Apple Watch vs Pebble Time Steel

12 Mar 2015 | Author: | No comments yet »

5 things the MacBook needs in the next generation.

The most detailed data on this problem, a July 2014 Endeavor Partners study, tells us that about a third of all smartwatch and fitness band owners abandon their wrist wearables after six months.

The 2010 MacBook Air refresh didn’t bring back everything we’d lost, but Apple did ditch the trap door, beef up the storage, and re-illuminate the keyboard. Here’s what I’d like to see in the second generation. (And I’ll skip such obvious gimmes like another USB-C port, faster processor, and lower price.) Adding Touch ID to a laptop would fix that, plus let me unlock the computer itself biometrically. Trust me: I’ve been reviewing smartwatches since they became a thing, and once you run out of juice the first time, you’re already on the path to giving up. According to Apple, the new MacBook is all about being wireless. “Fully equipped for a wireless world,” reads its page on Apple’s website, but I have a little niggle with that claim: Where’s the wireless charging? Jony Ive and his design crew could team up with some furniture designers to make the most beautiful wireless charging station the world has ever seen.

Yet on Monday Apple confirmed that the Watch will allow voice calls from your wrist, just like Samsung’s Gear, an ambitious but seriously flawed smartwatch pioneer. I’m still clinging to my unlimited data plan on AT&T—the company no longer offers unlimited data on new plans, so I’ve kept the same exact data plan since I got my first iPhone in 2008.

My Mac laptop is for work, and I work online, so I would pay a premium for the peace of mind of knowing I could connect anywhere I can find a cell signal. Perhaps a prepaid Wi-Fi hotspot like Karma is the way to go since that could get my iPad or my Mac online, but that’s another thing I have to carry and keep charged. It’s too soon to know if the changes—the keys are larger and have a new butterfly mechanism instead of scissor switches—will make it easier to type on. But it’s also essentially useless, as none of these watches’ heart rate sensors can provide accurate real-time readings during the jumping and jostling of physical exercise.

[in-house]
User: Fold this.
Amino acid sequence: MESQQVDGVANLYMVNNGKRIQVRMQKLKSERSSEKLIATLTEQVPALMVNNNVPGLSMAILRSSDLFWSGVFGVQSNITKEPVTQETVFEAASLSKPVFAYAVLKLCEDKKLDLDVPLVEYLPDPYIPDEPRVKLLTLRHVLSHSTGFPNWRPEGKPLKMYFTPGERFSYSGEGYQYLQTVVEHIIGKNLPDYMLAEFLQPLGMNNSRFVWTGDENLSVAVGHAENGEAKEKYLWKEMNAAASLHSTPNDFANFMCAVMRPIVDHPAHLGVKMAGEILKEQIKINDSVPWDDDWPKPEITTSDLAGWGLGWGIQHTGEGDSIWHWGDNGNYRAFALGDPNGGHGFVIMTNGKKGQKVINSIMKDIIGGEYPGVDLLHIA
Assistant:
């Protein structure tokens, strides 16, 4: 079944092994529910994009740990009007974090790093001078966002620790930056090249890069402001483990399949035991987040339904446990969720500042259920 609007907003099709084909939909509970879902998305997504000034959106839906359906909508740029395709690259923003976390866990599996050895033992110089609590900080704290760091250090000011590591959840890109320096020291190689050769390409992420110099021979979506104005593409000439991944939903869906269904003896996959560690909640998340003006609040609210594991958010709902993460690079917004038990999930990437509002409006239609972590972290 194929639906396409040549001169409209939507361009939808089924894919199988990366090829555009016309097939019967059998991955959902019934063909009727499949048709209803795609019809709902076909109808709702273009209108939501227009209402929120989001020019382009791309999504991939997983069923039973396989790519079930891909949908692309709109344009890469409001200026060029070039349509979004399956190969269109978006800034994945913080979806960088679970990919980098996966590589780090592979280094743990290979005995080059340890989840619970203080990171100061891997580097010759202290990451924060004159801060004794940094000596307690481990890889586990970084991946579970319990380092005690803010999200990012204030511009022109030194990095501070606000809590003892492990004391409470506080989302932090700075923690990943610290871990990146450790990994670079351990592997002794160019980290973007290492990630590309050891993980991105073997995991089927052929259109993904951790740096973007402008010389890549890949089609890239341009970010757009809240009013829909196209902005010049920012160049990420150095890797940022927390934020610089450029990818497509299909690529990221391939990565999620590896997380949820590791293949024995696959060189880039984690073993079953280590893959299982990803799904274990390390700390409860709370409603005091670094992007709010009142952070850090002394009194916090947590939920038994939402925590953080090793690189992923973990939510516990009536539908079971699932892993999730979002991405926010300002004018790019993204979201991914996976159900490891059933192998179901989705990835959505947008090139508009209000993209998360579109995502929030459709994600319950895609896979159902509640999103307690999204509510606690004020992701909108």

I remember being distinctly bummed that the first-gen MacBook Air released in 2008 didn’t have the light-up keyboard that I loved in my big ol’ 15-inch MacBook Pro. It’s an extremely difficult sensor trick to pull off, and if Apple offered it, it would already be a top-line promise.) I’m cherry-picking two very obvious copycat features, but the Apple Watch is packed with many more, from mail alerts to workout programs to mapping directions to even generous support for third-party apps. Now, sure, you could argue that some smartwatch features are must-haves, that a smartwatch isn’t a smartwatch unless these features are present and accounted for. I’ve taken a second to look around the crowd when covering big tech events and press conferences at CES, and I always get a little thrill to see a sea of glowing Apple logos perched on the laps of rows and rows of journalists. (Especially if the press conference is, say, Samsung’s. I think a much stronger Apple Watch would offer simple notifications, Passbook with built-in Apple Pay, HomeKit integration, and a full suite of timekeeping and personal messaging functions.

Indeed, Apple’s small, ostensibly trivial surprise-and-delight tricks (taps, sketches, stickers, and custom animated emojis) might be all the Watch requires to be a resounding success. So while you might buy the upcoming Apple Watch, you may not buy its second-gen follow-up if you feel you didn’t get your money’s worth, or some borderline features just didn’t work.

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